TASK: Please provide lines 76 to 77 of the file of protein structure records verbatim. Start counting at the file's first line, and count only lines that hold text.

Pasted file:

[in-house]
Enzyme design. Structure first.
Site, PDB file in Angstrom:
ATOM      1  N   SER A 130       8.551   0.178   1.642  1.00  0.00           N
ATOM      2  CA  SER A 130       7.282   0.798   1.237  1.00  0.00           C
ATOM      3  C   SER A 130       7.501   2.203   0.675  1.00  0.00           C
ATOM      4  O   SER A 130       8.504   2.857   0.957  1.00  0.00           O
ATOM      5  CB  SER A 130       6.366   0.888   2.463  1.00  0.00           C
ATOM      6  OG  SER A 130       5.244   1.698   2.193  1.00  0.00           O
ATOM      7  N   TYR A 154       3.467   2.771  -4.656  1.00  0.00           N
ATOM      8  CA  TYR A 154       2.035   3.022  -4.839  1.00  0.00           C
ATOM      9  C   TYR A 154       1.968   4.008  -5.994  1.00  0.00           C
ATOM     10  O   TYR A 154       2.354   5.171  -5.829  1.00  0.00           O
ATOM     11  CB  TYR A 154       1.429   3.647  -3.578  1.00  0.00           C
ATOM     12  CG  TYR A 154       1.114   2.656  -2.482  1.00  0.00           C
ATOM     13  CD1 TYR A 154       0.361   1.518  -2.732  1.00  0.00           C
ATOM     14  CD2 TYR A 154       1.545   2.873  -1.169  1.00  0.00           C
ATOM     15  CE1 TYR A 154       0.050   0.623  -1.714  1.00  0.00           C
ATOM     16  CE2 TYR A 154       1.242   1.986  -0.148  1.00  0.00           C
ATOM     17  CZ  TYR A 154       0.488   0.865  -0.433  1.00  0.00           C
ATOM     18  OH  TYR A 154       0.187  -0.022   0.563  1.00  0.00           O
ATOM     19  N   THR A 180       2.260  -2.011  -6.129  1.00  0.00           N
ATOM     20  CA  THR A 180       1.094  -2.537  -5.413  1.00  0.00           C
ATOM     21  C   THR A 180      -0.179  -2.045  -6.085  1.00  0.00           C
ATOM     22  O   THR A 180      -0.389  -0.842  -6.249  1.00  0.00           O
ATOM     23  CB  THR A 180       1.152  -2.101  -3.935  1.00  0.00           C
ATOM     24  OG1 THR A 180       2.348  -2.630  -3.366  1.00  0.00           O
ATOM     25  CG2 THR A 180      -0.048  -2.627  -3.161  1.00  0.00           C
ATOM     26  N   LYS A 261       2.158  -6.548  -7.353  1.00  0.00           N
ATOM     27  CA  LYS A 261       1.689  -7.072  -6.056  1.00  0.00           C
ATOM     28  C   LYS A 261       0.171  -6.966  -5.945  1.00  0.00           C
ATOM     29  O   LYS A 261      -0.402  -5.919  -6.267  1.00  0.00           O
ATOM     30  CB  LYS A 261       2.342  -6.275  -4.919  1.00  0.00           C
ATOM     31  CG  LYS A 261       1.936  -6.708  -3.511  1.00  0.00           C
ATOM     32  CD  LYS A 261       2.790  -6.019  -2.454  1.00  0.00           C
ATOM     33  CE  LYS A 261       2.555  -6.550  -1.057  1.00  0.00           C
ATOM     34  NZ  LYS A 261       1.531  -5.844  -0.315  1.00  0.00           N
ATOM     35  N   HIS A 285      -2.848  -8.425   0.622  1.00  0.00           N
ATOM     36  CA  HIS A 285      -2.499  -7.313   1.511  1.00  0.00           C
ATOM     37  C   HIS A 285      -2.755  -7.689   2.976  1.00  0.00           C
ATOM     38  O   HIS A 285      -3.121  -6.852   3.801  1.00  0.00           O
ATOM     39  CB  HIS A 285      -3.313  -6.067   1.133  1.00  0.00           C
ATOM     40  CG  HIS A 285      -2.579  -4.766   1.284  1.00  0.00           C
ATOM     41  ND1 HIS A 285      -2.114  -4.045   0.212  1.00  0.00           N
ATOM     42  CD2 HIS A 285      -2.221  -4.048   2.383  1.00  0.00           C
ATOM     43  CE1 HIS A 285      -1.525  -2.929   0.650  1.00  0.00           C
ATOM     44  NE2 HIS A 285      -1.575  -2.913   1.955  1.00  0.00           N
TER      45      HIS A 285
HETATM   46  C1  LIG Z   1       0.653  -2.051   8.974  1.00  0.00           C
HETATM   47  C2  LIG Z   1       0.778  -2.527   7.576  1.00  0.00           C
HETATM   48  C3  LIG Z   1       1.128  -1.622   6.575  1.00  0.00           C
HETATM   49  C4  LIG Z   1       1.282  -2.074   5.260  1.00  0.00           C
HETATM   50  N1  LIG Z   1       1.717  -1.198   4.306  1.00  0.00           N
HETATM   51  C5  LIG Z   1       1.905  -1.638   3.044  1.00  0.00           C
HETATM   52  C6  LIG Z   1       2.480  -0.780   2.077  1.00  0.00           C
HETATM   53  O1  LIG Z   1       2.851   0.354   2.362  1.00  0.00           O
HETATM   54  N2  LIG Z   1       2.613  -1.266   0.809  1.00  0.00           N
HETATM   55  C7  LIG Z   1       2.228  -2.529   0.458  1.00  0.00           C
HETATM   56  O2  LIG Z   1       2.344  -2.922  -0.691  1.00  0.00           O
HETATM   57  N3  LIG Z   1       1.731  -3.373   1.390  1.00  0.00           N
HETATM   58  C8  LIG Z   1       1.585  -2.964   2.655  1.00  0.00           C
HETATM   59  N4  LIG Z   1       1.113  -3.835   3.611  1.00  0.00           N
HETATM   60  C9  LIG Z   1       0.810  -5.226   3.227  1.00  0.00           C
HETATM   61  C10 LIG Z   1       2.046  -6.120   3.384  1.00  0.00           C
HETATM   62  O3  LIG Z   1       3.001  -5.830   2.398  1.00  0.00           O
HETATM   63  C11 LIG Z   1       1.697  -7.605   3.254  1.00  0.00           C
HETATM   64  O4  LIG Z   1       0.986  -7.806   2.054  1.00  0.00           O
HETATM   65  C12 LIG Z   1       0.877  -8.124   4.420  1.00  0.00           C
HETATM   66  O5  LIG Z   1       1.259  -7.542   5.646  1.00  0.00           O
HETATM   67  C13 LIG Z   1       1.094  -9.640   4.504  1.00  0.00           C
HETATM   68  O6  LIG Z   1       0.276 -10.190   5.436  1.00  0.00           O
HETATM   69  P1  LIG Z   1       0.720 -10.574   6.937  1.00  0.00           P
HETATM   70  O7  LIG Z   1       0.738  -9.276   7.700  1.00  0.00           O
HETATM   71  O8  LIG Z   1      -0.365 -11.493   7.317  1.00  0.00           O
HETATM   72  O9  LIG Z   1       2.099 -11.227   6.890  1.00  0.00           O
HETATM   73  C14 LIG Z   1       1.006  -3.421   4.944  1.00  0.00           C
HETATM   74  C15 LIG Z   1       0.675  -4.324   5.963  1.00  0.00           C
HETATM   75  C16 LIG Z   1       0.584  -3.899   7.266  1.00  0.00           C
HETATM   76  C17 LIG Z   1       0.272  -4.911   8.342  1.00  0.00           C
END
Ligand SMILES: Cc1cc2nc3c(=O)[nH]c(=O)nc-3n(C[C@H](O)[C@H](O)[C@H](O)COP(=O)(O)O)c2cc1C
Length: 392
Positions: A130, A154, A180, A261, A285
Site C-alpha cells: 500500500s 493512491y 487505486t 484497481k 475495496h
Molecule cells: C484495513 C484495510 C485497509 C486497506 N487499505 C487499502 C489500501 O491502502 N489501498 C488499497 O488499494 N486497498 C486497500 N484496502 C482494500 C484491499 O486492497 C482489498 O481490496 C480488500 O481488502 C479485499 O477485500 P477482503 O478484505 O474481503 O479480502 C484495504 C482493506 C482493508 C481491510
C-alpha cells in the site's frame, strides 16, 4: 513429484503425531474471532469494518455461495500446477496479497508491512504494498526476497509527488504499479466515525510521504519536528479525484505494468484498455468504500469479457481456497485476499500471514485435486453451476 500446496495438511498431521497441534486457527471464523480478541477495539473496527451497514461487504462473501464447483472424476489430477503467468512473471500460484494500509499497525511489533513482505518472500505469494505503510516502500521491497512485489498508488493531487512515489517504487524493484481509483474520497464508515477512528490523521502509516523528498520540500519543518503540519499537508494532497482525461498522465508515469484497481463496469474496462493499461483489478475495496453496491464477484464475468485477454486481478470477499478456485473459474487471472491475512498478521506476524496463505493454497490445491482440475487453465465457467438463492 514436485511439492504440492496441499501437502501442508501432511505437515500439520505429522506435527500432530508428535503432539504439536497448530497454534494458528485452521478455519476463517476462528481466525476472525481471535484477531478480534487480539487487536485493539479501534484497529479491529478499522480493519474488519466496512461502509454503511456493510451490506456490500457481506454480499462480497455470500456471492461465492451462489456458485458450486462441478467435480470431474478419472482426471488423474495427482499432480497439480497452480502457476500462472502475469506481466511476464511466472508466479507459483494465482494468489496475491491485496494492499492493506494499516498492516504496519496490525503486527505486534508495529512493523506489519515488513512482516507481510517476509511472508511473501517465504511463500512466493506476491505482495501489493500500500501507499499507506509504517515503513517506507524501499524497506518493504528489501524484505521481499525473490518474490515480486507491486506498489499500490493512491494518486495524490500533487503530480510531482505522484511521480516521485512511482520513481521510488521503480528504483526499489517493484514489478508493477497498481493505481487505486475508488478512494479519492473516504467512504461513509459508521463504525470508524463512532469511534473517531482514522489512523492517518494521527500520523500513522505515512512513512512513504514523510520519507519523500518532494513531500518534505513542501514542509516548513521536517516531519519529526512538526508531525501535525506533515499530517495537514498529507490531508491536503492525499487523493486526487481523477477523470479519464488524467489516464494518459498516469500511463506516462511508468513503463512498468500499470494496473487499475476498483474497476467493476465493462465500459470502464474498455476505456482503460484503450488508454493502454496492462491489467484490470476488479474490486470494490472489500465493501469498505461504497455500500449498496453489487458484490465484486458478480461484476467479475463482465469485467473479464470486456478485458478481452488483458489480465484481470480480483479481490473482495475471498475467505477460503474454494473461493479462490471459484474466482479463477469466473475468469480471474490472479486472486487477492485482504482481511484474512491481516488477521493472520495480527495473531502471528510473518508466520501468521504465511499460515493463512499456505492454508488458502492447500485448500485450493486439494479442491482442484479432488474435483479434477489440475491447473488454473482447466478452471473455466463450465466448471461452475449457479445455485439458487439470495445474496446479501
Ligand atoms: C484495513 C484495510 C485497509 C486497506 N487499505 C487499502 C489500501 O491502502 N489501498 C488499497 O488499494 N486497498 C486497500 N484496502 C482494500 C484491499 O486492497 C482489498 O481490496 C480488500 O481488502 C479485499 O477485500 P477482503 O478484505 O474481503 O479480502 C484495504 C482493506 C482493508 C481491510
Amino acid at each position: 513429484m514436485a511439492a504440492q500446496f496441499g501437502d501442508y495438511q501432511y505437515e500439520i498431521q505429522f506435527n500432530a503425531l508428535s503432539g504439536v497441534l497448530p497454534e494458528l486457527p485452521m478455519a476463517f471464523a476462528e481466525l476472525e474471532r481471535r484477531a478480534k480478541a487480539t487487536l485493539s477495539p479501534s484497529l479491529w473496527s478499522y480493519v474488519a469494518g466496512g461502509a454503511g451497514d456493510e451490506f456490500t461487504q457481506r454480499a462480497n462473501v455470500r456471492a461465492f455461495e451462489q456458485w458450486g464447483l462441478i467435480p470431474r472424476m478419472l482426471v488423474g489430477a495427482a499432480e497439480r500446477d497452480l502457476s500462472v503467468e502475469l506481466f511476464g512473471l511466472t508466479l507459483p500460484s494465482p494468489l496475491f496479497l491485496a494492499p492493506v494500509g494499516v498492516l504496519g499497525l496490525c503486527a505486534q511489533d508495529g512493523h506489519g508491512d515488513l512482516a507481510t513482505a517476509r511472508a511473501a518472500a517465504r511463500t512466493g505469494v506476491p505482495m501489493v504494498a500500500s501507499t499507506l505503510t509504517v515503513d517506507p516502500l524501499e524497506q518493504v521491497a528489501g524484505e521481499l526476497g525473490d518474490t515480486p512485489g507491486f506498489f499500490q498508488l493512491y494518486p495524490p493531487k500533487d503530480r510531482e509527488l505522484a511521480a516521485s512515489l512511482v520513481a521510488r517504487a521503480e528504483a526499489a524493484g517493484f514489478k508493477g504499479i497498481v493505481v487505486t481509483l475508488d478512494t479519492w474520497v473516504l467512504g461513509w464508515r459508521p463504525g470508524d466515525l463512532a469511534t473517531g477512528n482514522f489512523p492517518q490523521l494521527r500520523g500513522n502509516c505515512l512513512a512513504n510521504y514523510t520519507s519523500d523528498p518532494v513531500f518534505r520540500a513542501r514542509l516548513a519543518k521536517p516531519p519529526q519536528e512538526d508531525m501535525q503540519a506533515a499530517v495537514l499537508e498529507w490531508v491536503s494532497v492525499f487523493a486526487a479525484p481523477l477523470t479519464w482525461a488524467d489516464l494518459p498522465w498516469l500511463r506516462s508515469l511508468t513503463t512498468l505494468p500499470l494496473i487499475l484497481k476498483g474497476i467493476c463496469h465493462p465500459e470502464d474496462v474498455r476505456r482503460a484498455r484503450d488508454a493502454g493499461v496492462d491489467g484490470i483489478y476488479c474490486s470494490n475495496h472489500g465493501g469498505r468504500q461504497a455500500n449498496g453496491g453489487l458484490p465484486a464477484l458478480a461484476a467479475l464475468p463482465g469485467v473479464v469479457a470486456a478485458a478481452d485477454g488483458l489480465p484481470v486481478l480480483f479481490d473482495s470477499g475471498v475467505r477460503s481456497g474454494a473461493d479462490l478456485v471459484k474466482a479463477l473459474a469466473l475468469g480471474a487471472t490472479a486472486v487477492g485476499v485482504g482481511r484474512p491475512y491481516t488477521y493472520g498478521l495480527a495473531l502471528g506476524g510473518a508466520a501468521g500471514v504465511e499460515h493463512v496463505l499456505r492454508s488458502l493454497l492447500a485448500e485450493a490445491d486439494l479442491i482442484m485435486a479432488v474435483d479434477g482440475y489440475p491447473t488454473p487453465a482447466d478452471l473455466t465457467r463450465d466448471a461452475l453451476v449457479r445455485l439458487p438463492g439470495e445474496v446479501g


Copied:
HETATM   73  C14 LIG Z   1       1.006  -3.421   4.944  1.00  0.00           C
HETATM   74  C15 LIG Z   1       0.675  -4.324   5.963  1.00  0.00           C